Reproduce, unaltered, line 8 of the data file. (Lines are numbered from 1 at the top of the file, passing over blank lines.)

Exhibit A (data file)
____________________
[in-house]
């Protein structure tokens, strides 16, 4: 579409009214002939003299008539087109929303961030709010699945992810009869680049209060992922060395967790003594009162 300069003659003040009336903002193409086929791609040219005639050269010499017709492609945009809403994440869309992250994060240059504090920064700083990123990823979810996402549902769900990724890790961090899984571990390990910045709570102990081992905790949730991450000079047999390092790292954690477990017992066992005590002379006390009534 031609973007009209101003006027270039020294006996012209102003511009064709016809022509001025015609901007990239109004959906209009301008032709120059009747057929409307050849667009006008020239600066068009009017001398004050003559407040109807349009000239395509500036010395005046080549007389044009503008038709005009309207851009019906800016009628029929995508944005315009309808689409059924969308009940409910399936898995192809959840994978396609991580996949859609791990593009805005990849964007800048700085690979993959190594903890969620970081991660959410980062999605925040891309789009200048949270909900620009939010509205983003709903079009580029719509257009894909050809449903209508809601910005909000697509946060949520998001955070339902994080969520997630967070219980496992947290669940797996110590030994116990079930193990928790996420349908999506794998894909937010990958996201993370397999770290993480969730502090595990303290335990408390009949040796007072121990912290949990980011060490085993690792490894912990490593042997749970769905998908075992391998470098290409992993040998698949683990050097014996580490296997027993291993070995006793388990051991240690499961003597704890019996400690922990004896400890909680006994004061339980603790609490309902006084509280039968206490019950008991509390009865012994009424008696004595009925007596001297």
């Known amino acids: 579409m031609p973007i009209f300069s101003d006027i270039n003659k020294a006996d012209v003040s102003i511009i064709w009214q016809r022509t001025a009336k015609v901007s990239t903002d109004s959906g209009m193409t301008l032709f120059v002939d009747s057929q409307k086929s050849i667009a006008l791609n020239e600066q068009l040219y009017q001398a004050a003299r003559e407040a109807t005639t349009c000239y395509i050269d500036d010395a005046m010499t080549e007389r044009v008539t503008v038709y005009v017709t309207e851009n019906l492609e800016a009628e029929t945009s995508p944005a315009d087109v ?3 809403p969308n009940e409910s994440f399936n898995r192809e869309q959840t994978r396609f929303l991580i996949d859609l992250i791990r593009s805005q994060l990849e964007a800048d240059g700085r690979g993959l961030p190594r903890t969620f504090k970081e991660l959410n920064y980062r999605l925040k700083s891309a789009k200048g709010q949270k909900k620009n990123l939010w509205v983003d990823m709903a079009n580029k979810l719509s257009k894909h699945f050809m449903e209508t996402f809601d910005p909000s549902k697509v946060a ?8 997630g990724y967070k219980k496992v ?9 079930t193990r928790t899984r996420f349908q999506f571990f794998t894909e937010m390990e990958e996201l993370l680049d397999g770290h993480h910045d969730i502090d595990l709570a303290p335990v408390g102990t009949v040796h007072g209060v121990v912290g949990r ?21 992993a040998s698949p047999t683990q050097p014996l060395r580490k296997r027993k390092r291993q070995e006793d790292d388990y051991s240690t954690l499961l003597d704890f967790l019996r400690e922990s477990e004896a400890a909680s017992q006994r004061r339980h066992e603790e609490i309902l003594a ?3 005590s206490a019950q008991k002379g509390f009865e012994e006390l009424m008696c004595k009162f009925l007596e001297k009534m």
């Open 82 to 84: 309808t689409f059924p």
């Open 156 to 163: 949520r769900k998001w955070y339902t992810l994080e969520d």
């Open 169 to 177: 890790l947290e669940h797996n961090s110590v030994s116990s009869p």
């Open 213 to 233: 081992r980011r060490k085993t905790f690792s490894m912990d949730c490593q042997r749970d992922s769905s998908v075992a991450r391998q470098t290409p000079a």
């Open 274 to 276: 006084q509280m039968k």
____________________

């Open 274 to 276: 006084q509280m039968k």